I had written earlier about the System of Rice Intensification (SRI), a new method of growing rice that reduces costs, raises yields and minimizes the use of poisons in the farm. The method is being promoted in the Philippines by an NGO consortium which I coordinate, SRI-Pilipinas, as well as by other groups advocating sustainable agriculture.
Last November 7, I was invited by Aga Milagroso to his farm in Malolos, Bulacan, about 1 hour by bus north of Manila, to meet his 50 visitors from Alaminos, Pangasinan, which is in turn about 6 hours by bus north of Manila. Aga’s visitors from Alaminos were farmers, including 37 who were attending the weekly trainings on SRI and organic farming that Aga was conducting in Alaminos on the request of its mayor, Hernani Braganza.
It was heart-warming to hear Aga’s guests from Alaminos as well as some local farmers who had joined the visit, express their curiosity and their intention to try SRI. The seeds SRI-Pilipinas had been patiently planting throughout the country were now starting to bear fruit.
We have been promoting SRI in the Philippines since 2002. Before that I had been promoting it publicly since 2000, after my wife Flor, who comes from a farming family, successfully tried the method for two seasons in her upland village of Bgy. Casispalan in Tagkauayan, Quezon.
When SRI-Pilipinas received some eight hundred thousand pesos from the Department of Agriculture to promote SRI, we finally got some resources to do a nationwide training program. With this modest amount we have been able to do a one-day SRI training in around 48 provinces so far. We hope to reach 50 provinces before the fund is used up.
Aga’s example shows our approach in promoting SRI. In November 2006, I had been interviewed SRI in a DZMM radio program for farmers, which airs Saturdays and Sundays, 4:30-6:00 am. I always give out my cellphone number during these interviews, so that interested farmers can contact me if they want an SRI workshop.
One of the hosts, Ka Ben Laurente, asked me on the air if I could conduct a workshop in his town in San Miguel, Bulacan. We quickly agreed on the date (Nov. 22) and Ka Ben invited interested listeners to join the workshop.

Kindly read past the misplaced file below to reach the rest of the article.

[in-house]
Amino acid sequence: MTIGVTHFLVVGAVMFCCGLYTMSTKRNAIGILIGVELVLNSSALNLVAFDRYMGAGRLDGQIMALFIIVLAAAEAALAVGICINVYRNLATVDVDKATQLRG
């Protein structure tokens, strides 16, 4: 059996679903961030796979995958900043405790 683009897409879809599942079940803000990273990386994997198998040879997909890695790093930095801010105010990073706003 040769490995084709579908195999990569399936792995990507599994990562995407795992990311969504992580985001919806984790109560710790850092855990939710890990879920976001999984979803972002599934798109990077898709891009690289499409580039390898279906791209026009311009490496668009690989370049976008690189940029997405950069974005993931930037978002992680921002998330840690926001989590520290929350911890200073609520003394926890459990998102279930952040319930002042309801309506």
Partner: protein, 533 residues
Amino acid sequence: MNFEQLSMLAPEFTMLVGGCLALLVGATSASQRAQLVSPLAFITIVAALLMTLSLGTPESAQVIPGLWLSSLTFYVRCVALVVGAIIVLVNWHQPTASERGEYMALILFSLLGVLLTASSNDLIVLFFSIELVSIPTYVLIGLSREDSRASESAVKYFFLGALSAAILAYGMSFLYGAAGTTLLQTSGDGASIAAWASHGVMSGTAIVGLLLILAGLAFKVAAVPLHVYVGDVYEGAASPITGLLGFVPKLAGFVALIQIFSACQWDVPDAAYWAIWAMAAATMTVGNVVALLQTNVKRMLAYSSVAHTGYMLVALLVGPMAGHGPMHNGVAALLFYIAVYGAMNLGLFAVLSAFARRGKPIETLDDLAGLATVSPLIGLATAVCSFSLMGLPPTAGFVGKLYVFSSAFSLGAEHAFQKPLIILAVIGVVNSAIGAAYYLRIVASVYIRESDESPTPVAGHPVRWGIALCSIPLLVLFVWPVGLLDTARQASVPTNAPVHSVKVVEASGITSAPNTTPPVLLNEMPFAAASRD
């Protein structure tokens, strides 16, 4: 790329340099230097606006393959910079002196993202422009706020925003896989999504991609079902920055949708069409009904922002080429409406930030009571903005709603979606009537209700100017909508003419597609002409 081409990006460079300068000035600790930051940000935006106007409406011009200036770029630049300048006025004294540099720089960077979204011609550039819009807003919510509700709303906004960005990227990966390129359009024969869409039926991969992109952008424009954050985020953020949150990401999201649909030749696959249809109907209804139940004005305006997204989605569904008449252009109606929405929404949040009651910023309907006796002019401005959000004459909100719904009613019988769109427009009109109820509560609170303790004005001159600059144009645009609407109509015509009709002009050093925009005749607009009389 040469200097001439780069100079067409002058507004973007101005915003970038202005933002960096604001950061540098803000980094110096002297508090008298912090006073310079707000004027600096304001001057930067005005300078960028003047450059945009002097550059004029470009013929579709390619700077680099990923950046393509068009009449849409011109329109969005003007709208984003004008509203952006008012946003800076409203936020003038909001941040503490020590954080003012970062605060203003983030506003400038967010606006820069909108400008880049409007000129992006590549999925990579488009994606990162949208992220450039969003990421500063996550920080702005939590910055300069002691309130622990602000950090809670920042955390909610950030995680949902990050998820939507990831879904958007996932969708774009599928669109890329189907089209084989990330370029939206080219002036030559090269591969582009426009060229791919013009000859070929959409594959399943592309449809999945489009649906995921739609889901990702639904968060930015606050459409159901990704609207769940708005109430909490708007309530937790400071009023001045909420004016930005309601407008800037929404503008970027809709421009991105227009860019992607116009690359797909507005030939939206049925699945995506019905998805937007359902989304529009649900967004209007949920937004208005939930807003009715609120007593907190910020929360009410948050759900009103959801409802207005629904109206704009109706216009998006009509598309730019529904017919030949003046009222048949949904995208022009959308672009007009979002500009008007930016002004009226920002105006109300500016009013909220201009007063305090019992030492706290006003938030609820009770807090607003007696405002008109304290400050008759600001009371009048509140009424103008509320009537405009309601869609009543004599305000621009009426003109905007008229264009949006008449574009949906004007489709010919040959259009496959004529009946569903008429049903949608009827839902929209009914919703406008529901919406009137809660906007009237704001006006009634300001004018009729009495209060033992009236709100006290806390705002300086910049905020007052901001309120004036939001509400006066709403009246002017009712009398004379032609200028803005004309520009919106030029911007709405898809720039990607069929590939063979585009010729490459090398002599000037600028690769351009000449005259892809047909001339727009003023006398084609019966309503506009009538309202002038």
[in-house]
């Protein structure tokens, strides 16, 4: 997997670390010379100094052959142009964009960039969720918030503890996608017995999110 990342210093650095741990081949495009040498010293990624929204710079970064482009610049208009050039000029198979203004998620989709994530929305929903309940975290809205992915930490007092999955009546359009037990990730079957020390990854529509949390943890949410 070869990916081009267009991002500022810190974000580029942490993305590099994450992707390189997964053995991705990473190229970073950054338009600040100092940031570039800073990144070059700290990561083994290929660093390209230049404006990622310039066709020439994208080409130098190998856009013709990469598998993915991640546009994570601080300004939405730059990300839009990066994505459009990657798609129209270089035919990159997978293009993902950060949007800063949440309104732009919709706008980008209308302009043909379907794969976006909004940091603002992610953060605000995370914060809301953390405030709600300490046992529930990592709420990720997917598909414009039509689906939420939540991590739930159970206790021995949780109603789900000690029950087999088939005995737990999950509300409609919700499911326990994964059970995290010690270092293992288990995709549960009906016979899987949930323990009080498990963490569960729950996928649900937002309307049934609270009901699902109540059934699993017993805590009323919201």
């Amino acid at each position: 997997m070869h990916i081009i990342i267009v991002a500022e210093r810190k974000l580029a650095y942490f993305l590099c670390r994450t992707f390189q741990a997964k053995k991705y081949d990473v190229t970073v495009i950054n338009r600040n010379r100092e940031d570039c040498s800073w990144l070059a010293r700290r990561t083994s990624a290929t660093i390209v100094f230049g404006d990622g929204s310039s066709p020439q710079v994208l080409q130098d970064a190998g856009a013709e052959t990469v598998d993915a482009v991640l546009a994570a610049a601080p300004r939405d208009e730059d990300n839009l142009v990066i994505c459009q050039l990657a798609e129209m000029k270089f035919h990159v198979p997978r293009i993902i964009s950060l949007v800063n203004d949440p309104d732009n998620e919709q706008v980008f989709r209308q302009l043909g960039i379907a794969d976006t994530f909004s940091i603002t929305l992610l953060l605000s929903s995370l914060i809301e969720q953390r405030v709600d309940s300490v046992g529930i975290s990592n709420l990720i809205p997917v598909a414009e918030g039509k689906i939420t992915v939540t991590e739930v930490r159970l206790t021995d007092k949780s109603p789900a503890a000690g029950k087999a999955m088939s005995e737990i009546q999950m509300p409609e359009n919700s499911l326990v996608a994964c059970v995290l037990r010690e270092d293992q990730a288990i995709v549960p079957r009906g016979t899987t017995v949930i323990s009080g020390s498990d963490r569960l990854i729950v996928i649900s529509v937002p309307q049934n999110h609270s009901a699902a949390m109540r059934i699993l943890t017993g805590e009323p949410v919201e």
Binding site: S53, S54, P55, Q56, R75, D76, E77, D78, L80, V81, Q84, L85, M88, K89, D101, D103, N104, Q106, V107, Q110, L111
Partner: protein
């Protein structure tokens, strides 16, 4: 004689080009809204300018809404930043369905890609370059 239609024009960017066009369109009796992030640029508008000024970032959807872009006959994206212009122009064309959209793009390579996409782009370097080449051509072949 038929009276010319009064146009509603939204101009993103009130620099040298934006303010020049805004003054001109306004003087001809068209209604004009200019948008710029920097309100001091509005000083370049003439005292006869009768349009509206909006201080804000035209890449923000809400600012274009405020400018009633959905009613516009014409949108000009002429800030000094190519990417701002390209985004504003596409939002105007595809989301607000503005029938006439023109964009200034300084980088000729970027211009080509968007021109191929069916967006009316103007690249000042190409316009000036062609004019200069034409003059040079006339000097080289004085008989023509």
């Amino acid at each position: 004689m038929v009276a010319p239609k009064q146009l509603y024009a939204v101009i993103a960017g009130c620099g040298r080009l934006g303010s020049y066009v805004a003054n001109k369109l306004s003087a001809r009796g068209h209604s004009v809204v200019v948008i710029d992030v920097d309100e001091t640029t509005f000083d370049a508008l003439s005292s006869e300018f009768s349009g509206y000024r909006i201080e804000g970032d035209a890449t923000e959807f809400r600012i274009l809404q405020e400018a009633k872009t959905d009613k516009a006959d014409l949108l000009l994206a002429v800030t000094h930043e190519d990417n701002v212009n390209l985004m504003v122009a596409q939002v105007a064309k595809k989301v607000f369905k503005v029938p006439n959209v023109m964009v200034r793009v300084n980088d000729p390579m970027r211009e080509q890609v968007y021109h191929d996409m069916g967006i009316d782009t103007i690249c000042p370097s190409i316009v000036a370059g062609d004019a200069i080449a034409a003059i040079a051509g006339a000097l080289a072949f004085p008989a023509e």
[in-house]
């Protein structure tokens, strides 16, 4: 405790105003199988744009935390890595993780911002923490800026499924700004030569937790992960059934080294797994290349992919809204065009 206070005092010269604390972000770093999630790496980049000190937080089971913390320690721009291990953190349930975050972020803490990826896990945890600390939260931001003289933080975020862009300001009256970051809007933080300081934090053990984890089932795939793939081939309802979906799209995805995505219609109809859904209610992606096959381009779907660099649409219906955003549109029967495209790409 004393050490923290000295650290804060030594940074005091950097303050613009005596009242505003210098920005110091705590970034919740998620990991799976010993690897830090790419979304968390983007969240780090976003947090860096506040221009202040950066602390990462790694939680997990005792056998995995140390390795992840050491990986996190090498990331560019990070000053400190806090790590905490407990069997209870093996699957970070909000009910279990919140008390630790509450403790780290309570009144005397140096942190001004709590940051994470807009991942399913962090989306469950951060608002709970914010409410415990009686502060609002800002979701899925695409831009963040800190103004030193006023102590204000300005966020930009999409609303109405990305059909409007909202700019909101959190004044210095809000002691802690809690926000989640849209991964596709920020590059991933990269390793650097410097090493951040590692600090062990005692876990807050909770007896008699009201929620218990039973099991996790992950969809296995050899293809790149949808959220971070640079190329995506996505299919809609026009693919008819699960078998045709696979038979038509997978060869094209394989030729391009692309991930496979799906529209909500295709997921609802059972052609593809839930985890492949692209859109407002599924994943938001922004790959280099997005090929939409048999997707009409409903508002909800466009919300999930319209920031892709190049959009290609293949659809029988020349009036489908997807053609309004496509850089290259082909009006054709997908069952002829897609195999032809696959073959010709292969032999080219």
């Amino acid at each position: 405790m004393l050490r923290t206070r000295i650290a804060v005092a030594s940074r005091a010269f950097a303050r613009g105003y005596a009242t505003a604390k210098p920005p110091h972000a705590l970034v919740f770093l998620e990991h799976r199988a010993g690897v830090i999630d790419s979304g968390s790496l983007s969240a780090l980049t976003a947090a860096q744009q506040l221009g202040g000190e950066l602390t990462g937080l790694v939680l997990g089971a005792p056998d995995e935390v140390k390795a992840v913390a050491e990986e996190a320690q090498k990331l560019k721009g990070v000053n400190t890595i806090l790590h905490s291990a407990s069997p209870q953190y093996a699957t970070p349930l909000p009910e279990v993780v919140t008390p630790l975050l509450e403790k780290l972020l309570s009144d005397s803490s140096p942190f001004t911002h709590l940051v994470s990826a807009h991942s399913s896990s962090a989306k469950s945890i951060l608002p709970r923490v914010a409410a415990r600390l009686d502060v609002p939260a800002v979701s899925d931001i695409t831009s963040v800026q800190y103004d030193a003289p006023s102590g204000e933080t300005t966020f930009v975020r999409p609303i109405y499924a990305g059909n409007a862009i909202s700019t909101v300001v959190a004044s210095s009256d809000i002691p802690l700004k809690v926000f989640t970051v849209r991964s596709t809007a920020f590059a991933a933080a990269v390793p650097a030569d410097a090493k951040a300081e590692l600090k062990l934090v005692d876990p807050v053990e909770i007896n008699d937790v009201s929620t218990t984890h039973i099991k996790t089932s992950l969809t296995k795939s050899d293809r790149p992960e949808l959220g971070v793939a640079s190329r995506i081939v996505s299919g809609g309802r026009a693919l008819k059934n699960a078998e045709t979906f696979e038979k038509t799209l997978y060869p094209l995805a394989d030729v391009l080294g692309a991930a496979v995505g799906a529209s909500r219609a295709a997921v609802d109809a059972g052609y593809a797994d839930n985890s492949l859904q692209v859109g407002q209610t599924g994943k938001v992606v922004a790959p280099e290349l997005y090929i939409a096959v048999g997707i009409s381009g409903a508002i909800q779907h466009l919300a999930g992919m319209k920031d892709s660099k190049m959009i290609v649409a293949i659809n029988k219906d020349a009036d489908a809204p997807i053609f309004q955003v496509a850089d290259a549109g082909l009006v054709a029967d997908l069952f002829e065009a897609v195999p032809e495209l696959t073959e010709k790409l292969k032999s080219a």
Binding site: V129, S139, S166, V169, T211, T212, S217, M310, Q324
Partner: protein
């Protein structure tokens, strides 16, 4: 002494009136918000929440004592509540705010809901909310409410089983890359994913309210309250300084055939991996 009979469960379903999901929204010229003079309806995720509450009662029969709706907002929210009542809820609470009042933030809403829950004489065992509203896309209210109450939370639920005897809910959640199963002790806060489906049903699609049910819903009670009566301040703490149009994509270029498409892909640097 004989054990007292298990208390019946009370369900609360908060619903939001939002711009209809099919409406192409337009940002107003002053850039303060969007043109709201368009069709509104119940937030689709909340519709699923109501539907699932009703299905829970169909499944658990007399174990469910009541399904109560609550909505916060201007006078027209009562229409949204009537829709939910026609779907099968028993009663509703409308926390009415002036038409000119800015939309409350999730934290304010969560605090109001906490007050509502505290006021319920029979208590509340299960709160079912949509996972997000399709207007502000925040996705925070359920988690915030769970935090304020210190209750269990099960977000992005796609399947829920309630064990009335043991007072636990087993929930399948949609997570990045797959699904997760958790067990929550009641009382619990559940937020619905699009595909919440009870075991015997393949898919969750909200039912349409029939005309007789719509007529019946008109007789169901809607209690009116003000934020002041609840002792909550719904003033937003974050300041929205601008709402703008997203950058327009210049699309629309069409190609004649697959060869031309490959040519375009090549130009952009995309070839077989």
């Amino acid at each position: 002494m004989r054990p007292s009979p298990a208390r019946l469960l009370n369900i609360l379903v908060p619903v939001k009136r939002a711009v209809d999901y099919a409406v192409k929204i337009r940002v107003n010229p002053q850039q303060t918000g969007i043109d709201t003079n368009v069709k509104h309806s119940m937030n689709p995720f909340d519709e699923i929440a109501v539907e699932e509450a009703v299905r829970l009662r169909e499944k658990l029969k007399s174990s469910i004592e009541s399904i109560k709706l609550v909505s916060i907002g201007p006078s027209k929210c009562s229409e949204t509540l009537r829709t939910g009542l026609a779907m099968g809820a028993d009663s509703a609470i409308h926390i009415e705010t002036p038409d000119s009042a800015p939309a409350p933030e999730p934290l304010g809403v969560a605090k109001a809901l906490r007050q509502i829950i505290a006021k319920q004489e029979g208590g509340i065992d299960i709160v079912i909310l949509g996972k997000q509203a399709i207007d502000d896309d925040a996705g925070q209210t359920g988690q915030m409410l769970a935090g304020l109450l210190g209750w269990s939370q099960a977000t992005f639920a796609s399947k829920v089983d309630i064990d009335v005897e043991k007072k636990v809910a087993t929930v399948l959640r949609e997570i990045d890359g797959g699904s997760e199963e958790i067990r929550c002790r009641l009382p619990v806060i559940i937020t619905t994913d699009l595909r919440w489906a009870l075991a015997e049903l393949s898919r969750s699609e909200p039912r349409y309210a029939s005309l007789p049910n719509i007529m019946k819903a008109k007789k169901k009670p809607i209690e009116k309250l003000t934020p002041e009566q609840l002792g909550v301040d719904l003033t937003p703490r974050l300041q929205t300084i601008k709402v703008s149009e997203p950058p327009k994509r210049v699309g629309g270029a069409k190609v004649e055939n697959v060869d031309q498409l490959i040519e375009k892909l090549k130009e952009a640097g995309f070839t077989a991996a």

It was my wife, Flora, who went. I avoid conducting farmers’ trainings myself as much as possible, because I don’t have enough farming experience. I rely for farming expertise on Flora, who spent her childhood and growing up years in her father’s homestead in Tagkauayan, Quezon. Around 50 people came, including some local officials and agriculture technicians.
As usual, many were skeptical. In my own experience, out of every ten in the audience, 8 or 9 would raise all kinds of problems why the method won’t work. They can’t control the water, they can’t control the snails, the can’t control the weeds, etc. But usually, one or two would be enthusiastic about trying it. They would pester you with detailed questions, buy the primer or the training CD and want to start the trial immediately. These are the farmers we are looking for, the innovators, who will go out of their way to try a new method and see if it works. We have gone at great lengths to put into our primer every detail that farmers may need to improve their chances of succeeding in their first trial.
Aga Milagroso was one of those who had attended Flora’s workshop, and one of those who were truly curious and interested. He brought home a copy of the primer, tried SRI on his farm, and got encouraging results. He tried again the next season, drawing into the trial other members of the crop growers’ association of which he was president. Aga wanted to learn more and contacted SRI-Pilipinas. So we sent another trainor, Jun Garde, to teach his group other organic methods, like the use of indigenous microorganisms (IMO), bokasi (fermented rice bran), carbonized rice hull, and so on.
Today, barely two years after he first heard about SRI in a radio program, Aga is himself an increasingly active SRI trainor.
Passed on from one farmer to another, heard on an early morning radio program, read on a photocopied primer, seen from a training video that has itself passed from hand to hand. This is how SRI is spreading itself among Filipino farmers, throughout the Philippines.
We already have at least one SRI farmer in most rice-producing provinces, at the modest cost of some eight hundred thousand pesos. Our next goal is an SRI farmer-trainor in every rice-producing town. I am hopeful the Department of Agriculture will also support this phase of our efforts.